Research published in PLoS has indicated that the synthesis of new virions in a cell infected by dengue virus depends on specific manipulations of cellular lipids in order to create proper structures for viral assembly and prevent an immune system response to the infection. This is of unique interest because, as we've seen in class, any process uniquely performed by a virus that is critical for replication is a potential target for treatment since it differentiates infected cell processes from normal cell processes so that a chemical agent will inhibit the virus while ignoring regular cells.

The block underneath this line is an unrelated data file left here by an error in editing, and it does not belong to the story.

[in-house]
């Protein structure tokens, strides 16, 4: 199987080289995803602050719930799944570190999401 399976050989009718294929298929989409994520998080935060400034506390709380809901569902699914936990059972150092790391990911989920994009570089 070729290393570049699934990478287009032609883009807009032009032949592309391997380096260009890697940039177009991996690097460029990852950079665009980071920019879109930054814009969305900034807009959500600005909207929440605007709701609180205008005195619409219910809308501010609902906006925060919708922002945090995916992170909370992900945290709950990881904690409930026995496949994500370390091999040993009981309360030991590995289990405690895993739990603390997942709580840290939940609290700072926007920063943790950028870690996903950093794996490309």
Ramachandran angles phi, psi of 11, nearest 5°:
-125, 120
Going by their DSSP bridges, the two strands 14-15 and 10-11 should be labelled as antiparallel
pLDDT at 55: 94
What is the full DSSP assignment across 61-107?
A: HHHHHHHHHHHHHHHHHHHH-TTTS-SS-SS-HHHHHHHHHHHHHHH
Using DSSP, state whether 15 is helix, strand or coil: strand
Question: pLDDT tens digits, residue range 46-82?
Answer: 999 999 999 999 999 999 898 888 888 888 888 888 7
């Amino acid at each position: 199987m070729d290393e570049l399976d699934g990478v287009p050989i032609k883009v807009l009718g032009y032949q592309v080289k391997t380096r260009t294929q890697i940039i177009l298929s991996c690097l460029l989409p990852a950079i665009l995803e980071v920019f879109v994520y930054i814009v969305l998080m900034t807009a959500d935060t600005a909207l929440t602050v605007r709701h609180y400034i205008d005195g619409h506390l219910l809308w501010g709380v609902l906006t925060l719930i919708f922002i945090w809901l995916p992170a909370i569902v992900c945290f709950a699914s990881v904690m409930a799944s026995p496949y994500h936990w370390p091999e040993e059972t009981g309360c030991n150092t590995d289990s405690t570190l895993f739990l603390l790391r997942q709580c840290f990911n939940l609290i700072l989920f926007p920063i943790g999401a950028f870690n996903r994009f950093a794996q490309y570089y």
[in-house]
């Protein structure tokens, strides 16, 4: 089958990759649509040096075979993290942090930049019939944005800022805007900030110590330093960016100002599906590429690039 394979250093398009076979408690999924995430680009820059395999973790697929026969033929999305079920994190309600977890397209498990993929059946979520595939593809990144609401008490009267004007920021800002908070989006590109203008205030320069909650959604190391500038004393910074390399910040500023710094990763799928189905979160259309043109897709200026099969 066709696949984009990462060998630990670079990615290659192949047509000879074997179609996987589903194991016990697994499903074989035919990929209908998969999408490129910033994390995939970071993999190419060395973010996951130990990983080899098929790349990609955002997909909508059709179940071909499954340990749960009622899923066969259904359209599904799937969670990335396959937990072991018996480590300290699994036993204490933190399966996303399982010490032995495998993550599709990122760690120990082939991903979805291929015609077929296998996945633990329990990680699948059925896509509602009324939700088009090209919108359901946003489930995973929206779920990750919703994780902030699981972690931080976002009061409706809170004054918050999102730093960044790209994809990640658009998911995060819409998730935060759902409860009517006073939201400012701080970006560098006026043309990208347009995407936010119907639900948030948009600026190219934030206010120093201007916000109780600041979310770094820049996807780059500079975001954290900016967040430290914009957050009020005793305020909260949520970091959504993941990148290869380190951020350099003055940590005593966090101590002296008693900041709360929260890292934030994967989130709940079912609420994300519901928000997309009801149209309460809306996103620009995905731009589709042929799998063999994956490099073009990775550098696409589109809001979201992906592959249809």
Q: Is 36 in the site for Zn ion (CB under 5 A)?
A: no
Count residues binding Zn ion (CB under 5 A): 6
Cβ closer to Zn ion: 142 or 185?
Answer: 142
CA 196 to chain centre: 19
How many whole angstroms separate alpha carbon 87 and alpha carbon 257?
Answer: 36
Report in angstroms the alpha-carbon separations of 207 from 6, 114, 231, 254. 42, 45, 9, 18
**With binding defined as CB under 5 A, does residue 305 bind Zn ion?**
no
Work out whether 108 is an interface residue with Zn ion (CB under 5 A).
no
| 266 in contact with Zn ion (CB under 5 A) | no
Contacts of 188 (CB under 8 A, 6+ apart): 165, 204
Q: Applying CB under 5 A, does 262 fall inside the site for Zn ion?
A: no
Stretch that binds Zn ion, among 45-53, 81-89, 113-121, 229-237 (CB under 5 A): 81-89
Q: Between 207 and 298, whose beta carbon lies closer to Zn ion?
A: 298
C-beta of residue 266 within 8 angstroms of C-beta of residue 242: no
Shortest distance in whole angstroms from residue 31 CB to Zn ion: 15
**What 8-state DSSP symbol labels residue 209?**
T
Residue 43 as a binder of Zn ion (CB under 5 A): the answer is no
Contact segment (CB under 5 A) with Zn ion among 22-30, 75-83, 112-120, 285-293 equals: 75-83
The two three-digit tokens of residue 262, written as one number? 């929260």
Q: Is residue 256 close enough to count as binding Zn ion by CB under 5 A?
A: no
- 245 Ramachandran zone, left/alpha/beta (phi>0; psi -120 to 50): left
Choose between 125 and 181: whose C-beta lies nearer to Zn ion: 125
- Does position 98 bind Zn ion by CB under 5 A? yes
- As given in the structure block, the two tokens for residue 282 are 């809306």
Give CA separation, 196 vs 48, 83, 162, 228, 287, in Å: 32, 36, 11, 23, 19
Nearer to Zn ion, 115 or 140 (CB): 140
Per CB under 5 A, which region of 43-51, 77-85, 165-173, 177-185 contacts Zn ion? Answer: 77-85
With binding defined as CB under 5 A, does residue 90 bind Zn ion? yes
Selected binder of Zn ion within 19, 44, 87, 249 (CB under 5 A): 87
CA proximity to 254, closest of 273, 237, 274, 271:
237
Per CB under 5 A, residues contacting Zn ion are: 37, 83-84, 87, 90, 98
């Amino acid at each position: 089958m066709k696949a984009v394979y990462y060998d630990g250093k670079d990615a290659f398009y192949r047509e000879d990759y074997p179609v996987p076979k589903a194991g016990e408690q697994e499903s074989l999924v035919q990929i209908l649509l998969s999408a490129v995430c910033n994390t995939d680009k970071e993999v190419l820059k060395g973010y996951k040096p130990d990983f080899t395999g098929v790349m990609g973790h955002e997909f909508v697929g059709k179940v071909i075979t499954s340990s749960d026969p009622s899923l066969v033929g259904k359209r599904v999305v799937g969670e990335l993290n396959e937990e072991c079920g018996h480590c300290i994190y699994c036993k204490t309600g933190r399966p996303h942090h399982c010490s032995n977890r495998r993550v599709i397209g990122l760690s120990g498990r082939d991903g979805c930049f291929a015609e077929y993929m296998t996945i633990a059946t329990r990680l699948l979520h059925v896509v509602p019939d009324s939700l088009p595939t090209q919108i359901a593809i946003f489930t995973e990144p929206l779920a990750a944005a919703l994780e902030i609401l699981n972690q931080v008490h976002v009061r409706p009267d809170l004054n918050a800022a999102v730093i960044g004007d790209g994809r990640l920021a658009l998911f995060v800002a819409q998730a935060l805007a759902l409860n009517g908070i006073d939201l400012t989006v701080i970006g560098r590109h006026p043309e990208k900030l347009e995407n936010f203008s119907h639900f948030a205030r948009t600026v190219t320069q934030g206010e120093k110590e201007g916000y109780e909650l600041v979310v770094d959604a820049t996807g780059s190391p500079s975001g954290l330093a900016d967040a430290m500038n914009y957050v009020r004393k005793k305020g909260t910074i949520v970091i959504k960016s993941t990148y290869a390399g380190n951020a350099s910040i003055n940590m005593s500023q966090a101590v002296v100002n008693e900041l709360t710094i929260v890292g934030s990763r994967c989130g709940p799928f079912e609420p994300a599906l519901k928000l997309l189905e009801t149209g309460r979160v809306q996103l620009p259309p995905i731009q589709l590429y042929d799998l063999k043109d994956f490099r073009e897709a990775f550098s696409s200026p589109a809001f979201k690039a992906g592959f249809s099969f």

Researchers primarily at Purdue University used hihg-resolution mass spectroscopy to probe the 'lipidome', the full array of all unique lipid components, of healthy cells in comparison to those infected by dengue. They found that the infected cells contained ratios of lipid classes that were distinctly different from those of normal cells. Further research indicated that several signaling pathways were manipulated in order to effect this change. Not only does this research improve our basic molecular biology understanding of dengue, but it also has implications for potential treatment. Because much of the lipid synthesis used in dengue's manipulation is a result of the enzyme fatty acid synthase, inhibitors of this enzyme have already been shown to reduce viral replication. It may be too early to say for sure, but this could represent a new way of developing anti-viral medication specifically for dengue.